This Week in Anime
Begonia, I Hardly Knew Ya

by Jean-Karlo Lemus & Monique Thomas,

South Korean studio Studio Mir is loved by fans for its work animated hits like The Legend of Korra, Voltron: Legendary Defender and Aaron McGruder's The Boondocks. The studio's labor of love, Big Fish and Begonia is now streaming for free on Tubi TV. Jean-Karlo and Nicky look at the emotional ode to Chinese mythology in This Week in Anime!

This movie is streaming on Tubi TV

Disclaimer: The views and opinions expressed by the participants in this chatlog are not the views of Anime News Network.
Spoiler Warning for discussion of the series ahead.

@Lossthief @mouse_inhouse @NickyEnchilada @vestenet

Hey, Jean-Karlo! How are you doing? Are you feelin' that cool autumn breeze? Doesn't it feel nice? Weather like this always makes me want to go for a walk. Sometimes it's nice to get a little exercise in. Really take in the scenery. Just you, the trees, and your big giant honkin' fish. Of course.
If I have to call dolphins "fish", I will face the entire population of the Spirit World and walk backwards into Hell.

Anyway, it took three weeks, but it seems we found the one thing I'm not a huge hyper-fixated fan of, and it's Big Fish and Begonia, an animated film that came out on Tubi TV kinda recently. And hoboy. Hoboy. Do I have taxonomic issues with these people.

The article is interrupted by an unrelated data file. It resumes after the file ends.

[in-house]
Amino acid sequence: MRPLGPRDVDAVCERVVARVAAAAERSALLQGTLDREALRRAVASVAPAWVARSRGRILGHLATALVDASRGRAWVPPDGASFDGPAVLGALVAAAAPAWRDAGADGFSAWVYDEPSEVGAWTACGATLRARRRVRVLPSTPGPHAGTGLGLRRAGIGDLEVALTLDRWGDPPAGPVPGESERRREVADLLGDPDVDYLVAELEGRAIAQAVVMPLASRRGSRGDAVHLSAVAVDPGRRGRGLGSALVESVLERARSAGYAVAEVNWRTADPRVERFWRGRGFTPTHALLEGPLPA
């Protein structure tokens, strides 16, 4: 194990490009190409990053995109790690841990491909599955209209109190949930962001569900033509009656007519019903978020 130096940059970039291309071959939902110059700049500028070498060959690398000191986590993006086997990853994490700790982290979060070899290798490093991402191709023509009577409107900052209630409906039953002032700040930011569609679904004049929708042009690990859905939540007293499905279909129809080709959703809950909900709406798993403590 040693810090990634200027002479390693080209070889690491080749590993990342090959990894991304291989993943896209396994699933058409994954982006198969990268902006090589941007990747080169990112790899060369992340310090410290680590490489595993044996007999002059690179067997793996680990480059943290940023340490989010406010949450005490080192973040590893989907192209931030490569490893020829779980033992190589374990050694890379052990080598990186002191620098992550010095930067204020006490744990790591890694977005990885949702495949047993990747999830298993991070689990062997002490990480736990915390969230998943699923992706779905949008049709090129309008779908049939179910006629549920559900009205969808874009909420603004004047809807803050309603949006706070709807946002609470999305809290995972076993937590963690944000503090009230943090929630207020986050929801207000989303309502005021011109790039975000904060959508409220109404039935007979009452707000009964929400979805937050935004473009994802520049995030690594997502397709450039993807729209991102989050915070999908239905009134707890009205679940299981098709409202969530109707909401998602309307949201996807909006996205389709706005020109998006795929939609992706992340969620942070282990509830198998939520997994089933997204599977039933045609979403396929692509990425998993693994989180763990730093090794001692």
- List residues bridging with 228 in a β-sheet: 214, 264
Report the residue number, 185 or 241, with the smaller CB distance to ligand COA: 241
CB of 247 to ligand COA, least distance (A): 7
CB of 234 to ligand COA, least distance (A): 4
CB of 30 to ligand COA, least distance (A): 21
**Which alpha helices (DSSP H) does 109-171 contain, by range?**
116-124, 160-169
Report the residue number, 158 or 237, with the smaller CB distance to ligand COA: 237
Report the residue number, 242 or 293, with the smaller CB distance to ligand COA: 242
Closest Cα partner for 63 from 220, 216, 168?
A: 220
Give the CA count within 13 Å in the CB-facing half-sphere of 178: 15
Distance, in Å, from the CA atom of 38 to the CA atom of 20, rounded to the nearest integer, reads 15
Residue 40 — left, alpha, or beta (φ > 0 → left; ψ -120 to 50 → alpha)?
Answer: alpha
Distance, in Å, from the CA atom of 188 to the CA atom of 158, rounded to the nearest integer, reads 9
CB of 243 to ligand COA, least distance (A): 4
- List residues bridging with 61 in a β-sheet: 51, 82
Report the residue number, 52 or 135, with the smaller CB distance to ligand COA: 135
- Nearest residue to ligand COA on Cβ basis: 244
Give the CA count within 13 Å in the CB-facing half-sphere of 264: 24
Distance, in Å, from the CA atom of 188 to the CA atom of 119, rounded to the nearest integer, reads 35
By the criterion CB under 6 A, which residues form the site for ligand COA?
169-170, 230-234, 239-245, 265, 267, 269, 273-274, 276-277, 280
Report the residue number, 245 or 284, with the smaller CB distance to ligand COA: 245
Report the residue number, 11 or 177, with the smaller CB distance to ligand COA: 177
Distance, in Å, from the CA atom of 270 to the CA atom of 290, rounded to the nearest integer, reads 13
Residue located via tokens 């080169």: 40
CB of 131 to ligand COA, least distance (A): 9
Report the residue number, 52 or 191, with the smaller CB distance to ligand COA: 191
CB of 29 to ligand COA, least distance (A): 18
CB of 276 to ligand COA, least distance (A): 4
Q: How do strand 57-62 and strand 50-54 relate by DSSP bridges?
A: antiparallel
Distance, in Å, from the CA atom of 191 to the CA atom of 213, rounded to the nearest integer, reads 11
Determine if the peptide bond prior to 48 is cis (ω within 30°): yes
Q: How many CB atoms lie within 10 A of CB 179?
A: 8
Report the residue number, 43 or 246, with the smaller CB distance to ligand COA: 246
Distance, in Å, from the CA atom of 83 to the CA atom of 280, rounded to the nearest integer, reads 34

Localizations aside, Big Fish & Begonia is an ambitious 2016 animated film brought to you as a collab between the Beijing based B&T Studio and the more well-known Studio Mir (Hint: they did a little show called Avatar: The Last Airbender). What started as an online short in 2004 is now a gorgeous well-animated film with looks that could rival any Ghibli movie. I first saw this movie in 2018 when it was finally brought to American theaters and its big fantasy world and story full of love carved a big place in my heart ever since.
Yeah, it's definitely pretty, but the movie didn't quite win me over. I'm already not the hugest fan of Studio Ghibli and its overwhelming influence on animated film, Legend of Korra by way of Spirited Away isn't exactly my idea of must-see television. But I'm getting ahead of myself.